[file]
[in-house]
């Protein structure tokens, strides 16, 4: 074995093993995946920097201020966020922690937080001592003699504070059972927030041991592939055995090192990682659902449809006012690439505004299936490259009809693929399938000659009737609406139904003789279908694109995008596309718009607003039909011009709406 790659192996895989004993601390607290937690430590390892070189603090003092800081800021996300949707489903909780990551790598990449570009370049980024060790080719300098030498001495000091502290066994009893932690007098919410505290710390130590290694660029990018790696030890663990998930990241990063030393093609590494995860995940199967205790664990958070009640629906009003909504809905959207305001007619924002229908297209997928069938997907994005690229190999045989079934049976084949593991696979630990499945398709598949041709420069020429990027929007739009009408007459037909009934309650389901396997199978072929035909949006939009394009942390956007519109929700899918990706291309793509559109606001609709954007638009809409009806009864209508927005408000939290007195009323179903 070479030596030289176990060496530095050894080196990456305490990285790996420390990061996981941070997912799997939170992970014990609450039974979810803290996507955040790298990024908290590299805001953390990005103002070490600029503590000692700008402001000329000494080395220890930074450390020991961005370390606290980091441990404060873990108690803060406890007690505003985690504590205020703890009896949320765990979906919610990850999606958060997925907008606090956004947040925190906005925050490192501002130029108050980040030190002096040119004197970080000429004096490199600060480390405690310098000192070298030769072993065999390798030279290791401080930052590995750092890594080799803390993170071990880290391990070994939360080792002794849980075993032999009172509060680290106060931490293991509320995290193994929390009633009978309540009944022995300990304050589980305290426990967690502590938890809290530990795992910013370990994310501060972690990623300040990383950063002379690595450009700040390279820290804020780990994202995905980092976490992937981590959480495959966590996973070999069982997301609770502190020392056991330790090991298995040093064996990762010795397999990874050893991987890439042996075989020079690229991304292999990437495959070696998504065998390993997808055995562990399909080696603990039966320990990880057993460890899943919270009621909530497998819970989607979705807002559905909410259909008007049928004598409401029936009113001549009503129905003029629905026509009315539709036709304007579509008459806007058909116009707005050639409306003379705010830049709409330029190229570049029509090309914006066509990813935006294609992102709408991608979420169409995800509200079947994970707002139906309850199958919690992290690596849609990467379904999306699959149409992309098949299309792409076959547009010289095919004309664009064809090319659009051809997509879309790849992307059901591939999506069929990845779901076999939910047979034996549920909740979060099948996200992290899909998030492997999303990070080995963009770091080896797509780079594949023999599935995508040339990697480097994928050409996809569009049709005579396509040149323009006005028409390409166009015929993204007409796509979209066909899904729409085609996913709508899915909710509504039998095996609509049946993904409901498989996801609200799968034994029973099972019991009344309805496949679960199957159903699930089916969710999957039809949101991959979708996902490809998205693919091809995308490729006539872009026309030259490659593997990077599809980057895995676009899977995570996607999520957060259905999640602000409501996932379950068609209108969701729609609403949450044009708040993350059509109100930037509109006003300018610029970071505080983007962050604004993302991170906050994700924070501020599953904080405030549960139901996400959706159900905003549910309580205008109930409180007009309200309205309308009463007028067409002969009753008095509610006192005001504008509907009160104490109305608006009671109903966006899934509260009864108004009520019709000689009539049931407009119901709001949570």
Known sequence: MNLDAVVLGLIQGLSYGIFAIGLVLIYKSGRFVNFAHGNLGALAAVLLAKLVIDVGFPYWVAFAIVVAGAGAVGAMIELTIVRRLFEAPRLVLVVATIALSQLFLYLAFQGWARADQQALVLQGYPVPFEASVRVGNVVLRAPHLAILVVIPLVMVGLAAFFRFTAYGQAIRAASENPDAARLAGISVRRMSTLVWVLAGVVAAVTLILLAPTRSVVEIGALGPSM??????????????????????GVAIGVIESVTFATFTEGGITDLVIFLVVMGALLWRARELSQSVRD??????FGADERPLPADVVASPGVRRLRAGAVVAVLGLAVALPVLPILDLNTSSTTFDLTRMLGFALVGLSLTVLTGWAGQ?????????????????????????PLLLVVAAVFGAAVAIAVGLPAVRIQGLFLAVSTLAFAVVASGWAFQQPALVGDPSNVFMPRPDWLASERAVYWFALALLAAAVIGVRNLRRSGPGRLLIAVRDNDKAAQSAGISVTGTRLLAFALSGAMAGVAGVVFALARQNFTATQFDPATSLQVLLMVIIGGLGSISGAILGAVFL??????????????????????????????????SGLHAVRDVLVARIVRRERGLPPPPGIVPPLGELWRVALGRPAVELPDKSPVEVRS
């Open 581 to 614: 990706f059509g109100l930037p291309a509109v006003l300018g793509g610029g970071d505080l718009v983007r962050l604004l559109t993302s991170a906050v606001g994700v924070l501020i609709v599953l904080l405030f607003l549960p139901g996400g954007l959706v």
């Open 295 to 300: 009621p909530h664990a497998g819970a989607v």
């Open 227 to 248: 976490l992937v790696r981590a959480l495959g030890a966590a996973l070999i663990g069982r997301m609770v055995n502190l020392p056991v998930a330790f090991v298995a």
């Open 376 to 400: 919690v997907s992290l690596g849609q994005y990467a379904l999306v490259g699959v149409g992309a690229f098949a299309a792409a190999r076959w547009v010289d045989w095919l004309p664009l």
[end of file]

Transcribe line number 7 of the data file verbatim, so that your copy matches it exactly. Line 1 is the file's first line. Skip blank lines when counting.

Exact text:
């Open 376 to 400: 919690v997907s992290l690596g849609q994005y990467a379904l999306v490259g699959v149409g992309a690229f098949a299309a792409a190999r076959w547009v010289d045989w095919l004309p664009l």